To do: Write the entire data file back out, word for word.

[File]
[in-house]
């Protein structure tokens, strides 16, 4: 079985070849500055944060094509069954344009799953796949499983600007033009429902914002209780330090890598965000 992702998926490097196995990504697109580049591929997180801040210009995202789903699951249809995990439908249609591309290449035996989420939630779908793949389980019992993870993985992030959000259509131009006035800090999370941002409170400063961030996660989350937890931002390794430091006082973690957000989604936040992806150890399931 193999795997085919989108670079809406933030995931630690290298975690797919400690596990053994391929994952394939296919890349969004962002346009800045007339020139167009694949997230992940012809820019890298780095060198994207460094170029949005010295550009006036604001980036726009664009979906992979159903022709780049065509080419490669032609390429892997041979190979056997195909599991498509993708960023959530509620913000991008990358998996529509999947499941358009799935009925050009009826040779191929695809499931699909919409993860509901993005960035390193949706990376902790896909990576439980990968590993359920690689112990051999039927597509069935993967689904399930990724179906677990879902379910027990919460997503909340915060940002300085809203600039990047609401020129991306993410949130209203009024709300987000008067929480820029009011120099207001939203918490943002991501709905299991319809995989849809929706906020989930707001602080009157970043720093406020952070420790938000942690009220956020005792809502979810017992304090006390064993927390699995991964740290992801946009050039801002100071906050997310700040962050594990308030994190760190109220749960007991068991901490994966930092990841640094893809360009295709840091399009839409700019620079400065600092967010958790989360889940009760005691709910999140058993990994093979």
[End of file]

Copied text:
[in-house]
């Protein structure tokens, strides 16, 4: 079985070849500055944060094509069954344009799953796949499983600007033009429902914002209780330090890598965000 992702998926490097196995990504697109580049591929997180801040210009995202789903699951249809995990439908249609591309290449035996989420939630779908793949389980019992993870993985992030959000259509131009006035800090999370941002409170400063961030996660989350937890931002390794430091006082973690957000989604936040992806150890399931 193999795997085919989108670079809406933030995931630690290298975690797919400690596990053994391929994952394939296919890349969004962002346009800045007339020139167009694949997230992940012809820019890298780095060198994207460094170029949005010295550009006036604001980036726009664009979906992979159903022709780049065509080419490669032609390429892997041979190979056997195909599991498509993708960023959530509620913000991008990358998996529509999947499941358009799935009925050009009826040779191929695809499931699909919409993860509901993005960035390193949706990376902790896909990576439980990968590993359920690689112990051999039927597509069935993967689904399930990724179906677990879902379910027990919460997503909340915060940002300085809203600039990047609401020129991306993410949130209203009024709300987000008067929480820029009011120099207001939203918490943002991501709905299991319809995989849809929706906020989930707001602080009157970043720093406020952070420790938000942690009220956020005792809502979810017992304090006390064993927390699995991964740290992801946009050039801002100071906050997310700040962050594990308030994190760190109220749960007991068991901490994966930092990841640094893809360009295709840091399009839409700019620079400065600092967010958790989360889940009760005691709910999140058993990994093979």